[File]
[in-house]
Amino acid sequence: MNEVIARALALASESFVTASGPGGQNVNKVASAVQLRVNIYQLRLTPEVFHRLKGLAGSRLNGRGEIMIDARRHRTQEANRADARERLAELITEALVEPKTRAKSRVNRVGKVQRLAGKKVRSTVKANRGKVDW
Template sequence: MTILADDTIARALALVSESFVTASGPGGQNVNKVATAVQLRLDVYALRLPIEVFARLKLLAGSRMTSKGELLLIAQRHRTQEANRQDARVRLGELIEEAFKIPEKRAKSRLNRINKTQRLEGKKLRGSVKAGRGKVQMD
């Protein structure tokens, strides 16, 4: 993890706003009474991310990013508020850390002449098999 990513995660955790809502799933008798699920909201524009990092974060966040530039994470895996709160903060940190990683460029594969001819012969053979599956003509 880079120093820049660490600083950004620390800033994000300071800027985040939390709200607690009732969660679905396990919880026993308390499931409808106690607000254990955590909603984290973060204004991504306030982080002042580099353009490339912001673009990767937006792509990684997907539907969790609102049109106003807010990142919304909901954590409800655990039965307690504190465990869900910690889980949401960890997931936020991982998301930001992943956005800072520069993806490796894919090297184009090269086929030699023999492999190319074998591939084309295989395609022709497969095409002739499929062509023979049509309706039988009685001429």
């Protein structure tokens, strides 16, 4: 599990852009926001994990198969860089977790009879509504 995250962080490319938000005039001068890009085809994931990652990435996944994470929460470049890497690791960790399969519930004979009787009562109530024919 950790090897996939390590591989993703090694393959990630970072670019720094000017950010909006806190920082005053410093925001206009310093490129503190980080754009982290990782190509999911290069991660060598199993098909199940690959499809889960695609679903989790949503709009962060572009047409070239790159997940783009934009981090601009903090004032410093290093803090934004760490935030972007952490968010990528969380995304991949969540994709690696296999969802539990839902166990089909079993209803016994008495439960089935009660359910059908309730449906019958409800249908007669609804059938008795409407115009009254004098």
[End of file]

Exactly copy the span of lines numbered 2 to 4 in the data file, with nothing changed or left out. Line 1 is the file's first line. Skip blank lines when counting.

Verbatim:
Amino acid sequence: MNEVIARALALASESFVTASGPGGQNVNKVASAVQLRVNIYQLRLTPEVFHRLKGLAGSRLNGRGEIMIDARRHRTQEANRADARERLAELITEALVEPKTRAKSRVNRVGKVQRLAGKKVRSTVKANRGKVDW
Template sequence: MTILADDTIARALALVSESFVTASGPGGQNVNKVATAVQLRLDVYALRLPIEVFARLKLLAGSRMTSKGELLLIAQRHRTQEANRQDARVRLGELIEEAFKIPEKRAKSRLNRINKTQRLEGKKLRGSVKAGRGKVQMD
């Protein structure tokens, strides 16, 4: 993890706003009474991310990013508020850390002449098999 990513995660955790809502799933008798699920909201524009990092974060966040530039994470895996709160903060940190990683460029594969001819012969053979599956003509 880079120093820049660490600083950004620390800033994000300071800027985040939390709200607690009732969660679905396990919880026993308390499931409808106690607000254990955590909603984290973060204004991504306030982080002042580099353009490339912001673009990767937006792509990684997907539907969790609102049109106003807010990142919304909901954590409800655990039965307690504190465990869900910690889980949401960890997931936020991982998301930001992943956005800072520069993806490796894919090297184009090269086929030699023999492999190319074998591939084309295989395609022709497969095409002739499929062509023979049509309706039988009685001429």